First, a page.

Lt.-Col. Nitai Okashi will be replacing Lt.-Col. Itamar Deshel as IDF's ultra-Orthodox battalion's new commander.
(photo credit: NAHAL HAREDI ORGANIZATION)
The ultra-Orthodox Netzah Yehuda Battalion received a new commander during a ceremony at Shiloh in the West Bank on Thursday with Lt.-Col. Nitai Okashi replacing Lt.-Col. Itamar Deshel.
Okashi received a medal of distinction in 2007 from the OC Southern Command for a display of courage, resourcefulness, determination, leadership and personal example, when he commanded his soldiers in foiling a terrorist attack in an Israeli community in the Gaza periphery.
On July 21, 2007, then-Capt. Okashi and Golani platoon commander were scrambled to a site near the Gaza border fence where suspicious movements had been identified. There, they confronted a Palestinian terrorist who was killed by IDF troops.
Okashi then identified a second terrorist between him and his men. He ordered his troops to lie down to avoid being accidentally shot, then ran toward the terrorist. As Okashi approached the man, he realized he had run out of bullets and lunged at the terrorist bare-handed.
Seeing that the terrorist was planning to explode a grenade, Okashi turned the man around so his body would deflect most of the impact.
Despite this, and despite them both being wounded, Okashi continued to struggle until his own men came and killed the terrorist.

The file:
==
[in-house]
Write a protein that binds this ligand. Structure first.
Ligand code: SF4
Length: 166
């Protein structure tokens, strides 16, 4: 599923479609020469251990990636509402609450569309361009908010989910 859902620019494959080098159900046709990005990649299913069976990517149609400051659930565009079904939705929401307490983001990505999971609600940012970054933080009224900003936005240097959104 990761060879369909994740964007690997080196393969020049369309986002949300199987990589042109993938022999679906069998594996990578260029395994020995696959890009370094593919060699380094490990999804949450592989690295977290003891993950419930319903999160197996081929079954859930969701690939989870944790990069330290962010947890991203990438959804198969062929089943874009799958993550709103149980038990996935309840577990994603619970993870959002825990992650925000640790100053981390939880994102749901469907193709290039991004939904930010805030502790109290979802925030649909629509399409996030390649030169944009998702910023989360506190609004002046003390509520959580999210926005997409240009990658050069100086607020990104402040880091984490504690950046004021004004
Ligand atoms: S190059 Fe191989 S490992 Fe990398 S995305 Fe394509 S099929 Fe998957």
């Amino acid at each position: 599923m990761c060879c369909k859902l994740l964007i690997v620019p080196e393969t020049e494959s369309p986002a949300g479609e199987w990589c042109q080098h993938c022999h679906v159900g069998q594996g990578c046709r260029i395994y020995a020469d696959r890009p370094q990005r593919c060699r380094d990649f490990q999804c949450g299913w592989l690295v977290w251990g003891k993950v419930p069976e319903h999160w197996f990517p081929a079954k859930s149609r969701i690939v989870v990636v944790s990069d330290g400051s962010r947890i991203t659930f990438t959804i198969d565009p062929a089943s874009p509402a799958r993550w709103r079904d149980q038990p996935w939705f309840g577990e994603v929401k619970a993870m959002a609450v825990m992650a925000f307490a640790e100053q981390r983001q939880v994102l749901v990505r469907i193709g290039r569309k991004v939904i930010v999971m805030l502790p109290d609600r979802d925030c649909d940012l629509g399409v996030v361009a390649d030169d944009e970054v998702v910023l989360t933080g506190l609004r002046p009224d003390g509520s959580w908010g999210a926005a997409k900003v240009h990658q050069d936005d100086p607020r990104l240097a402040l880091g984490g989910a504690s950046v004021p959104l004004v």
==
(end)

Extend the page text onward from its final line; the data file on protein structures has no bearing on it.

“We thank the committed commander, Lt.-Col. Itamar Deshel, for his dedication and work for the soldiers. They won the privilege of a wonderful and ethical commander who supported them during active duty and when they were on furlough,” said the rabbis of the Netzach Yehuda Organization, which accompanies ultra-Orthodox soldiers on their military service.
“We commend Lt.-Col Nitai Okashi for his new position and wish him great success. We are proud of our role in helping battalion commanders over the years and also for our role in helping the precious soldiers who do the task of safeguarding the people of Israel and the Land of Israel while maintaining a haredi lifestyle,” they added.
Reforms passed in the Knesset in 2014 aimed at increasing ultra-Orthodox recruitment have been met with stiff opposition from many in the haredi community
, which has historically been exempt from military service and has regularly demonstrated – sometimes violently – against the draft.
Nonetheless, according to Brig.-Gen. Eran Shani, head of the IDF Human Resource Planning and Management Division, there continues to be an increase in haredim being drafted into the IDF.
“There is an upward trend in the recruitment of haredi soldiers from year to year,” he said last week. “This enlistment year about 3,100 haredi soldiers are anticipated to enlist, after 2,850 were recruited in... 2016.”
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